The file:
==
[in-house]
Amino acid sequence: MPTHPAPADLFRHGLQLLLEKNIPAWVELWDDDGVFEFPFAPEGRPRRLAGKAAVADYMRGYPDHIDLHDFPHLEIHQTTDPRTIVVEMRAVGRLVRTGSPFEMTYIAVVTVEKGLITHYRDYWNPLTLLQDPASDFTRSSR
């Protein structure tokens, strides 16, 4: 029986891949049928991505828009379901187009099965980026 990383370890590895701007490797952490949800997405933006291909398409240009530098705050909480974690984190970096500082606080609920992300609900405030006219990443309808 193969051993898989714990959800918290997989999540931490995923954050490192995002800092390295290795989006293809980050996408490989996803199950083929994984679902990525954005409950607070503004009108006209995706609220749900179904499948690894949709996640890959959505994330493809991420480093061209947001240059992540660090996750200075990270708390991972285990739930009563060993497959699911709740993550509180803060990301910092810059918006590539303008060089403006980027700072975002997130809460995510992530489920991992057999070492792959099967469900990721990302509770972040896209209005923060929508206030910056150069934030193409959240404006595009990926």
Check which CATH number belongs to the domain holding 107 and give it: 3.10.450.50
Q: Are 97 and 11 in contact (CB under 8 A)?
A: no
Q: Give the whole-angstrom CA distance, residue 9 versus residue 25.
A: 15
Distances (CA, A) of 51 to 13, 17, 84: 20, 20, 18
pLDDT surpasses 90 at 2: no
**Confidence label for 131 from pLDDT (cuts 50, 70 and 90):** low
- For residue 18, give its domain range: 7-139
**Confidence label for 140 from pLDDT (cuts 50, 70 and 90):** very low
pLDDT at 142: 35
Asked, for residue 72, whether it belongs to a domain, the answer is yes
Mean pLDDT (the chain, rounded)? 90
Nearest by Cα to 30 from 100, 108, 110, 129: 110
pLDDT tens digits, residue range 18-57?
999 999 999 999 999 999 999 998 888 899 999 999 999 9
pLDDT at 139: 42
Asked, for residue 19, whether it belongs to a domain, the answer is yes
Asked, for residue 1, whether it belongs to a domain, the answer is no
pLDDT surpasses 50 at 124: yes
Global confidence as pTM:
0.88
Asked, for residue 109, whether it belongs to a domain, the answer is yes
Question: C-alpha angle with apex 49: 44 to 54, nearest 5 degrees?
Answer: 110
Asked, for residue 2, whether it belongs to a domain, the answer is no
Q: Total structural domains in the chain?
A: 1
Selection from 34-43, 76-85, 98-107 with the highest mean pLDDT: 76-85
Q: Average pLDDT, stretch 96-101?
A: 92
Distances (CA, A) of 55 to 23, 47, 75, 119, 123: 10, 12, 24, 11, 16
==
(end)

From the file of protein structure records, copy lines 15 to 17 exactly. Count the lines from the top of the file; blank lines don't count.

Asked, for residue 72, whether it belongs to a domain, the answer is yes
Mean pLDDT (the chain, rounded)? 90
Nearest by Cα to 30 from 100, 108, 110, 129: 110